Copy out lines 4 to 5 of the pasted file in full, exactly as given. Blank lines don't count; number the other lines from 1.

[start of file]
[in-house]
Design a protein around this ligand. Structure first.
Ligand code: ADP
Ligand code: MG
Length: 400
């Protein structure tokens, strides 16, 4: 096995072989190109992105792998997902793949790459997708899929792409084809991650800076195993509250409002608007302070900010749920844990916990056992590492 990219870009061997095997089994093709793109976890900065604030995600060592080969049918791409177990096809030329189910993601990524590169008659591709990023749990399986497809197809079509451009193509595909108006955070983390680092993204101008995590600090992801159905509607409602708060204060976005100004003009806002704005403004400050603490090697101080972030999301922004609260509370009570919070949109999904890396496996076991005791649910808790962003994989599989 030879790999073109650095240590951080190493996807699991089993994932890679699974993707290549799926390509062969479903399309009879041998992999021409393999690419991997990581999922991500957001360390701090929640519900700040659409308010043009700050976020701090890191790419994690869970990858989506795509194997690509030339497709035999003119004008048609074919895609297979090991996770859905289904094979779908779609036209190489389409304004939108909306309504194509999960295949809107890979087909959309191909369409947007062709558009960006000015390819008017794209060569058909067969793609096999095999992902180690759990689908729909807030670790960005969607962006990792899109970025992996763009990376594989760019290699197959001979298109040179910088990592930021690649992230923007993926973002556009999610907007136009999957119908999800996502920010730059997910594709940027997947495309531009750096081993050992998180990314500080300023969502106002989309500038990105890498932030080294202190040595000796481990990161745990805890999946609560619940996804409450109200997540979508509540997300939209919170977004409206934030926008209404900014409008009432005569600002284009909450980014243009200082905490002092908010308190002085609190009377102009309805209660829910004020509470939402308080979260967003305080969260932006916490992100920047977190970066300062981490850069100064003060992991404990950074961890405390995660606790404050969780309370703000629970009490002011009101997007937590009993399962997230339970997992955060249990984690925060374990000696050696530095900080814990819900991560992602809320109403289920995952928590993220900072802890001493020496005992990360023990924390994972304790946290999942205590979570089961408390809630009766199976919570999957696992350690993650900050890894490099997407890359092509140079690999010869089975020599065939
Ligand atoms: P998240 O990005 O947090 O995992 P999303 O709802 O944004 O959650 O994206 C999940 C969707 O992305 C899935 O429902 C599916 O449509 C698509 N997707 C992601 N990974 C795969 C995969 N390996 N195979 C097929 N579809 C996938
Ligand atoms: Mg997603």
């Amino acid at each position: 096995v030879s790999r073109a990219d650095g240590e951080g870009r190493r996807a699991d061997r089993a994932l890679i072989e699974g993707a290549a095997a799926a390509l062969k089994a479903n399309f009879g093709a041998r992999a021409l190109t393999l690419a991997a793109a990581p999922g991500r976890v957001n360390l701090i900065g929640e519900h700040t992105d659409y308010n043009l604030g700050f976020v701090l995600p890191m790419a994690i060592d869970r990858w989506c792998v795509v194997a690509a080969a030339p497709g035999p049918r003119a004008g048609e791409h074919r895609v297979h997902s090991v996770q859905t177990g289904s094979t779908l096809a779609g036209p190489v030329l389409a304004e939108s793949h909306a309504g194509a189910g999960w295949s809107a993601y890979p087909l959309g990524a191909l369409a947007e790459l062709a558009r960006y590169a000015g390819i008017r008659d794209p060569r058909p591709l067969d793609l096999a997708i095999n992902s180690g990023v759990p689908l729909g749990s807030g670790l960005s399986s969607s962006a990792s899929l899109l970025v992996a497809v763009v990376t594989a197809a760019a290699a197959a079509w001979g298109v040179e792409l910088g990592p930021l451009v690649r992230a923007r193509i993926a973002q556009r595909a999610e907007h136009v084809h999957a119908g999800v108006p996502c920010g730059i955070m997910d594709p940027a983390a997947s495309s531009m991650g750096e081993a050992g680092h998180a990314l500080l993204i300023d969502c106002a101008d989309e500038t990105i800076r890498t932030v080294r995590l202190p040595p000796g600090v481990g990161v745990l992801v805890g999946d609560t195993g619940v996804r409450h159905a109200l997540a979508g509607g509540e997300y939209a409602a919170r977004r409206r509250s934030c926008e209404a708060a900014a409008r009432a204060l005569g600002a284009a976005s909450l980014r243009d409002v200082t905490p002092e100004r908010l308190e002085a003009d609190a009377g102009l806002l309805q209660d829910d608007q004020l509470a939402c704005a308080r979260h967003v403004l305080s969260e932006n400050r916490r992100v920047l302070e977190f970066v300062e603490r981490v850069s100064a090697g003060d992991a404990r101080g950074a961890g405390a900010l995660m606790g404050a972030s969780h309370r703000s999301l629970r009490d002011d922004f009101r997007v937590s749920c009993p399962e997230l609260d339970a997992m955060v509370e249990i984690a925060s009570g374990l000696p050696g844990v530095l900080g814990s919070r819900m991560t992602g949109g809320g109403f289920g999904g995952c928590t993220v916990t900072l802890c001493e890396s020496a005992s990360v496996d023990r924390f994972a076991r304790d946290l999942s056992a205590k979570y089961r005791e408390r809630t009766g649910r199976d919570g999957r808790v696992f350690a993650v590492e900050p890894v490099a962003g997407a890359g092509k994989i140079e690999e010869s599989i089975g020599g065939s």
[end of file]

Ligand code: MG
Length: 400